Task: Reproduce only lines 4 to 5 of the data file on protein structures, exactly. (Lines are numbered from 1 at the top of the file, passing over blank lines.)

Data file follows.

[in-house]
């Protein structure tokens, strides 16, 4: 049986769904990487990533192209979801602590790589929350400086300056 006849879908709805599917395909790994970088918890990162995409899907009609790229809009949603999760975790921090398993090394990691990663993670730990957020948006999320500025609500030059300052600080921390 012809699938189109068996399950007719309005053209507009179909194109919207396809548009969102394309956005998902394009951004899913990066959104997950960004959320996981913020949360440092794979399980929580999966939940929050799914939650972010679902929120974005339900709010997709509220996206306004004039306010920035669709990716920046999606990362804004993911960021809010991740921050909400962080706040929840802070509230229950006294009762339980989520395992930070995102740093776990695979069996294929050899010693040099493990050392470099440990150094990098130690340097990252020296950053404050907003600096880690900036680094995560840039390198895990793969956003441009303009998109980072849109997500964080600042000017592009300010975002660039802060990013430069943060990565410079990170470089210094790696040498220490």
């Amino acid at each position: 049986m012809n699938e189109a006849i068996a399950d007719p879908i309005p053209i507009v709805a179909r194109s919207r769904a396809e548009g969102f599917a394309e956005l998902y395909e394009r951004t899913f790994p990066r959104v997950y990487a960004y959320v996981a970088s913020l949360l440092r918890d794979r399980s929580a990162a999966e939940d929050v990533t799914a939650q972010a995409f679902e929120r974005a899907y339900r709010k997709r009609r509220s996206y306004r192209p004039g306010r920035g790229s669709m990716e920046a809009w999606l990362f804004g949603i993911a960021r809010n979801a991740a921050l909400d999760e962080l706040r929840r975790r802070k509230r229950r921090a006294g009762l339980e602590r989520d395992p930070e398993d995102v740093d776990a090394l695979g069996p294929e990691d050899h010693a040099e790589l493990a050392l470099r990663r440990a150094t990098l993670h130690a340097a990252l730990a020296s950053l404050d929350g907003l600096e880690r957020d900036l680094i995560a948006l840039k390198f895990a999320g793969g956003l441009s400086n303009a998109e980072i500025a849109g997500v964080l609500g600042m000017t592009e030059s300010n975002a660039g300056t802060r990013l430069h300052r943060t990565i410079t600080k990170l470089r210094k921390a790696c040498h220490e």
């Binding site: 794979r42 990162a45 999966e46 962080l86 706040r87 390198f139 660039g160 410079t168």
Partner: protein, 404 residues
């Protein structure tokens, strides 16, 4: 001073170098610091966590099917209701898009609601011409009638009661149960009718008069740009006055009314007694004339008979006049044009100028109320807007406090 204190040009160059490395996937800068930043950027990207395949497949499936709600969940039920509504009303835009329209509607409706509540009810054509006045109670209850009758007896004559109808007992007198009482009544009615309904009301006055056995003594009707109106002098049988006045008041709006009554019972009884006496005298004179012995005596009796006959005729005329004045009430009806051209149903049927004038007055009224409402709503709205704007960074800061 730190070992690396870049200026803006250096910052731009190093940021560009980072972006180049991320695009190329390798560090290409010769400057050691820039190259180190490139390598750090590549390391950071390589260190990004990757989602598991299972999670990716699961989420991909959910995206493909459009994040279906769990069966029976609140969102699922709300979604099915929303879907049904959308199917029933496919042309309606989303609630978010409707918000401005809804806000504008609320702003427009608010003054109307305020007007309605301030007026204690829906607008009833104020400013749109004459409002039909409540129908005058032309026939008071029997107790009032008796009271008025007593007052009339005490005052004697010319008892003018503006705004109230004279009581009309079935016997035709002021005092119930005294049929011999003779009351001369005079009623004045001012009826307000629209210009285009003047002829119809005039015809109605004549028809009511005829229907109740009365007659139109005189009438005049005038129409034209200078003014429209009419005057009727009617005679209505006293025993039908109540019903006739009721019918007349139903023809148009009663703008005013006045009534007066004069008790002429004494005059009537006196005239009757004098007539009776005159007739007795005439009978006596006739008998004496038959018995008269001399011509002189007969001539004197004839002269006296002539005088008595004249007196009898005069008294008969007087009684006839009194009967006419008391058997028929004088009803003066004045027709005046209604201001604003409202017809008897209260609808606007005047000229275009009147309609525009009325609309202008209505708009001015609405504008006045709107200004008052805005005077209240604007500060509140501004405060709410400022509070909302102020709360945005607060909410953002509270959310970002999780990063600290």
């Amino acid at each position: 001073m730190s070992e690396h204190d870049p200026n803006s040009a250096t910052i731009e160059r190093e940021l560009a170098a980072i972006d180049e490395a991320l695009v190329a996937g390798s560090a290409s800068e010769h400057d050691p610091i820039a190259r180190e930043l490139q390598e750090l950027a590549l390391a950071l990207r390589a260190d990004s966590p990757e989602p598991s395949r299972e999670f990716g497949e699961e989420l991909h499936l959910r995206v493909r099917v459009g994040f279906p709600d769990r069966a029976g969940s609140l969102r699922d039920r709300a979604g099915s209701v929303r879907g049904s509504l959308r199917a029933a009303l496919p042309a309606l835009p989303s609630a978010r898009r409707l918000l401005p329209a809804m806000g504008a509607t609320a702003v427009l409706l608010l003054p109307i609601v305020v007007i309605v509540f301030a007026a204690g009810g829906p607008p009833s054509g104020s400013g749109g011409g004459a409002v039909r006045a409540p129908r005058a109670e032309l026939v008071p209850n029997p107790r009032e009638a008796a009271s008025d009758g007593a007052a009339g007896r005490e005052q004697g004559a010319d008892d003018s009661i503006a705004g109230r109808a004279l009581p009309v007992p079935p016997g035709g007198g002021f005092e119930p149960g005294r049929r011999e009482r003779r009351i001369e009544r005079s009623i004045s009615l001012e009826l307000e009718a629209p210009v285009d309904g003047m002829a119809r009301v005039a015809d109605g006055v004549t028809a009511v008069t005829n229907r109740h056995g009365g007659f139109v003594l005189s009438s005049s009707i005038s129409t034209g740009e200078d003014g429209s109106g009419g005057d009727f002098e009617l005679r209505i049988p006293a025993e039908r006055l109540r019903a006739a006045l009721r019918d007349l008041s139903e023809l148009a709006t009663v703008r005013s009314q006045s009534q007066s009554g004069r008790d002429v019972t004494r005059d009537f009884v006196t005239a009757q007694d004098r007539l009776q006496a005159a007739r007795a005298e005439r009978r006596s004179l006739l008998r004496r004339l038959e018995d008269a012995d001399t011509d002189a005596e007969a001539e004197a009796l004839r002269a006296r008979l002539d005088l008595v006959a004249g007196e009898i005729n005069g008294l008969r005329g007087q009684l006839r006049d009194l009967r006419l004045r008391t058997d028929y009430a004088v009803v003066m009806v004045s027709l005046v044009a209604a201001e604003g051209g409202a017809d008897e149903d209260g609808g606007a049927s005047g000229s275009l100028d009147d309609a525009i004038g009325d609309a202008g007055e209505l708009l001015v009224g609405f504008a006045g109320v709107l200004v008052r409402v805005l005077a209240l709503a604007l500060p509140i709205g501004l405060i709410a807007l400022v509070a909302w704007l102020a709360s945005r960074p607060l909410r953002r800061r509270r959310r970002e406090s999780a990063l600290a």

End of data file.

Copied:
């Binding site: 794979r42 990162a45 999966e46 962080l86 706040r87 390198f139 660039g160 410079t168």
Partner: protein, 404 residues